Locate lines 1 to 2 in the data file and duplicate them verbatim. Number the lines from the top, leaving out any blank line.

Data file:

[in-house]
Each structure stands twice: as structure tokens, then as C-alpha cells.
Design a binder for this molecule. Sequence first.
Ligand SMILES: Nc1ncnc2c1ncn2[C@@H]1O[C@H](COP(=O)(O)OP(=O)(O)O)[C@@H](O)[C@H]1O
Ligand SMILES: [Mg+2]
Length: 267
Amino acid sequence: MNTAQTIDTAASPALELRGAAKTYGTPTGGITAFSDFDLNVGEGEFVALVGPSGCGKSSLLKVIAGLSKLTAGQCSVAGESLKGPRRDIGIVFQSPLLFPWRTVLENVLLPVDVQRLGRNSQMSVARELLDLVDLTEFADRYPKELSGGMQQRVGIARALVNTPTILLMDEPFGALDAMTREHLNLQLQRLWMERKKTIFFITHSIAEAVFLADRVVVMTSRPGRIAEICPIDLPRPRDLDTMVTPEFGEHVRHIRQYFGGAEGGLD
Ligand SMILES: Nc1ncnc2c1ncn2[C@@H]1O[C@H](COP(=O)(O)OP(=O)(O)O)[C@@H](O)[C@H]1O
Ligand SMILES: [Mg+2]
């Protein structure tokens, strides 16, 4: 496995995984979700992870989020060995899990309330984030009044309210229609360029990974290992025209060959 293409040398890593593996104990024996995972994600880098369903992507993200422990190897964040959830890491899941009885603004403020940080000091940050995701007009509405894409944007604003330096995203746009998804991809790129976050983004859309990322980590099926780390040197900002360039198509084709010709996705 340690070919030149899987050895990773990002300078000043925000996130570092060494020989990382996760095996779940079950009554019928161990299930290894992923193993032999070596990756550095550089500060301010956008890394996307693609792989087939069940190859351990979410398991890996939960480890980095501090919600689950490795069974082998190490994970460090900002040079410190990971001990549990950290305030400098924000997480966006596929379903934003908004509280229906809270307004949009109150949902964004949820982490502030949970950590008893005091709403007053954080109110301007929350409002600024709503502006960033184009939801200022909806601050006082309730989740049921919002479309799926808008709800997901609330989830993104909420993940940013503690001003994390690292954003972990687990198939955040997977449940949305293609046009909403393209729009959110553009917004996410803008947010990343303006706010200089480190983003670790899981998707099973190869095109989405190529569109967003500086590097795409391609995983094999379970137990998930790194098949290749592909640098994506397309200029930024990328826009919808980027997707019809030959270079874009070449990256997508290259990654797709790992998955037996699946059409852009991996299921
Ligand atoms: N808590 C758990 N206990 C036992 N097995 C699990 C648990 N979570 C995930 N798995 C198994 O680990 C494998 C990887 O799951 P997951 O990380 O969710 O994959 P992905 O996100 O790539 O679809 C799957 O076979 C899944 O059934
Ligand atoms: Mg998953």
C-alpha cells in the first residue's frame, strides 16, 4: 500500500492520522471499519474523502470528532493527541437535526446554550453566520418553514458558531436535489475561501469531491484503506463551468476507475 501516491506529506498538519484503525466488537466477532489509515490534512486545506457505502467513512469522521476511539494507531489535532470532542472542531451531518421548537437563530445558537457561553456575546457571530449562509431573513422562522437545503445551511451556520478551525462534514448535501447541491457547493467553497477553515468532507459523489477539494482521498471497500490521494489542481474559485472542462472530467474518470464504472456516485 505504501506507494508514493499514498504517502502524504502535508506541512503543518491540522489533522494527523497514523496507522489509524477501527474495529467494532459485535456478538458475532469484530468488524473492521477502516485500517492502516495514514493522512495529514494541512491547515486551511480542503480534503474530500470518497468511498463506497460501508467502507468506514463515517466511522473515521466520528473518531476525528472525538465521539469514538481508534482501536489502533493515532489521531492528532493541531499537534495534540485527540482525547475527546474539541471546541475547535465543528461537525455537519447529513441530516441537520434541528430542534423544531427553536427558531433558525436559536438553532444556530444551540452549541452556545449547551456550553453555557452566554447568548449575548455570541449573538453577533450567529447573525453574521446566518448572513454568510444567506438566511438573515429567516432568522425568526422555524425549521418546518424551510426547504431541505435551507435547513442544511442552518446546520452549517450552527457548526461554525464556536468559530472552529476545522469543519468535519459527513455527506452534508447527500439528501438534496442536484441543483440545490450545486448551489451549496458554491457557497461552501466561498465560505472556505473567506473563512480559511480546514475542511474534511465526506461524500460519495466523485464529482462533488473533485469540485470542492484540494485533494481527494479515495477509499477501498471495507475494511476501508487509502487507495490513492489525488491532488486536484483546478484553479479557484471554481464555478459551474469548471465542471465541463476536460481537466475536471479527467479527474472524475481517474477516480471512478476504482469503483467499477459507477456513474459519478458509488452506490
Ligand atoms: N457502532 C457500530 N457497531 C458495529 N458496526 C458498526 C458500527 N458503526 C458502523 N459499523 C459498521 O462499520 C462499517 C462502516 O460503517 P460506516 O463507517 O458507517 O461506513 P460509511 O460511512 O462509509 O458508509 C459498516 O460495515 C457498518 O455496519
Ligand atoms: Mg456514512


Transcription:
[in-house]
Each structure stands twice: as structure tokens, then as C-alpha cells.